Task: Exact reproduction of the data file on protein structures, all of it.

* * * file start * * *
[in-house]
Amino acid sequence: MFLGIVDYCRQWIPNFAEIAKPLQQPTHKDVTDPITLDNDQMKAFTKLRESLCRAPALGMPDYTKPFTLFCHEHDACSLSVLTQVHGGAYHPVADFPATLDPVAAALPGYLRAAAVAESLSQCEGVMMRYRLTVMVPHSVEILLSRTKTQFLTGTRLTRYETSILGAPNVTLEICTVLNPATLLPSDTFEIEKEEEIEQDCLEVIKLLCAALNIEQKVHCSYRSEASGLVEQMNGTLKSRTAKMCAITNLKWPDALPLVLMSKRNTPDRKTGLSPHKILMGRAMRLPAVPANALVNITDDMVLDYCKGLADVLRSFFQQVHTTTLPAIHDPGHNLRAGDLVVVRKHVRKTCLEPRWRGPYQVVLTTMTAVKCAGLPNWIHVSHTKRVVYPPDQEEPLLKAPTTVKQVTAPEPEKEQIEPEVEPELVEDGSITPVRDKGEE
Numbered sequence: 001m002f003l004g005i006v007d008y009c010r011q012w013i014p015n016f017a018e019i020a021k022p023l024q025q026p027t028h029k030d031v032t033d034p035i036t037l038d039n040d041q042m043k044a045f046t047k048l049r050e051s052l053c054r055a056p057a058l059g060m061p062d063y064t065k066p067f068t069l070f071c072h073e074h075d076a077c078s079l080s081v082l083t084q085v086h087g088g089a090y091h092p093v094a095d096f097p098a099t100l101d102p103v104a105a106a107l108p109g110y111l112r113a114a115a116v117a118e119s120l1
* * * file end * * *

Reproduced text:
[in-house]
Amino acid sequence: MFLGIVDYCRQWIPNFAEIAKPLQQPTHKDVTDPITLDNDQMKAFTKLRESLCRAPALGMPDYTKPFTLFCHEHDACSLSVLTQVHGGAYHPVADFPATLDPVAAALPGYLRAAAVAESLSQCEGVMMRYRLTVMVPHSVEILLSRTKTQFLTGTRLTRYETSILGAPNVTLEICTVLNPATLLPSDTFEIEKEEEIEQDCLEVIKLLCAALNIEQKVHCSYRSEASGLVEQMNGTLKSRTAKMCAITNLKWPDALPLVLMSKRNTPDRKTGLSPHKILMGRAMRLPAVPANALVNITDDMVLDYCKGLADVLRSFFQQVHTTTLPAIHDPGHNLRAGDLVVVRKHVRKTCLEPRWRGPYQVVLTTMTAVKCAGLPNWIHVSHTKRVVYPPDQEEPLLKAPTTVKQVTAPEPEKEQIEPEVEPELVEDGSITPVRDKGEE
Numbered sequence: 001m002f003l004g005i006v007d008y009c010r011q012w013i014p015n016f017a018e019i020a021k022p023l024q025q026p027t028h029k030d031v032t033d034p035i036t037l038d039n040d041q042m043k044a045f046t047k048l049r050e051s052l053c054r055a056p057a058l059g060m061p062d063y064t065k066p067f068t069l070f071c072h073e074h075d076a077c078s079l080s081v082l083t084q085v086h087g088g089a090y091h092p093v094a095d096f097p098a099t100l101d102p103v104a105a106a107l108p109g110y111l112r113a114a115a116v117a118e119s120l1